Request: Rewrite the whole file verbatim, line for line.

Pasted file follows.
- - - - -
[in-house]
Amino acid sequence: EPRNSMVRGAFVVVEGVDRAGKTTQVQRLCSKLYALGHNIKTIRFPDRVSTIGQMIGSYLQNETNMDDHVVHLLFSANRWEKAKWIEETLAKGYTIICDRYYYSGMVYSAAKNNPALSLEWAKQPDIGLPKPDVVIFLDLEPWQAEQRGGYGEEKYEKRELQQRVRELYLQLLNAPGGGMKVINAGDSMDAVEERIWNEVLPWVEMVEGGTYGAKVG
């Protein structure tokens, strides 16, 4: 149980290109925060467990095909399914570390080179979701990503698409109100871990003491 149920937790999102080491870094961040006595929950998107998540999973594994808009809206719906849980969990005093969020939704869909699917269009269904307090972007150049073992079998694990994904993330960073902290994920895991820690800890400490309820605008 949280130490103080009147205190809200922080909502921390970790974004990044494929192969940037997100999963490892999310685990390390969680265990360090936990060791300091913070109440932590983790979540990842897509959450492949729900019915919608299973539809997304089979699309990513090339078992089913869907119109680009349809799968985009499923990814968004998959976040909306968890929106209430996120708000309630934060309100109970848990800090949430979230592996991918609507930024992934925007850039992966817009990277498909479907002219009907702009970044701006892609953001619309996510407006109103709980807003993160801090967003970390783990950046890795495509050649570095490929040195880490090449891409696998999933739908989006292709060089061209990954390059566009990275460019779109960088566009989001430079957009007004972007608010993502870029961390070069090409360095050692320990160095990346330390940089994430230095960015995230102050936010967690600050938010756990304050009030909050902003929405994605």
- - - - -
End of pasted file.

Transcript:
[in-house]
Amino acid sequence: EPRNSMVRGAFVVVEGVDRAGKTTQVQRLCSKLYALGHNIKTIRFPDRVSTIGQMIGSYLQNETNMDDHVVHLLFSANRWEKAKWIEETLAKGYTIICDRYYYSGMVYSAAKNNPALSLEWAKQPDIGLPKPDVVIFLDLEPWQAEQRGGYGEEKYEKRELQQRVRELYLQLLNAPGGGMKVINAGDSMDAVEERIWNEVLPWVEMVEGGTYGAKVG
């Protein structure tokens, strides 16, 4: 149980290109925060467990095909399914570390080179979701990503698409109100871990003491 149920937790999102080491870094961040006595929950998107998540999973594994808009809206719906849980969990005093969020939704869909699917269009269904307090972007150049073992079998694990994904993330960073902290994920895991820690800890400490309820605008 949280130490103080009147205190809200922080909502921390970790974004990044494929192969940037997100999963490892999310685990390390969680265990360090936990060791300091913070109440932590983790979540990842897509959450492949729900019915919608299973539809997304089979699309990513090339078992089913869907119109680009349809799968985009499923990814968004998959976040909306968890929106209430996120708000309630934060309100109970848990800090949430979230592996991918609507930024992934925007850039992966817009990277498909479907002219009907702009970044701006892609953001619309996510407006109103709980807003993160801090967003970390783990950046890795495509050649570095490929040195880490090449891409696998999933739908989006292709060089061209990954390059566009990275460019779109960088566009989001430079957009007004972007608010993502870029961390070069090409360095050692320990160095990346330390940089994430230095960015995230102050936010967690600050938010756990304050009030909050902003929405994605």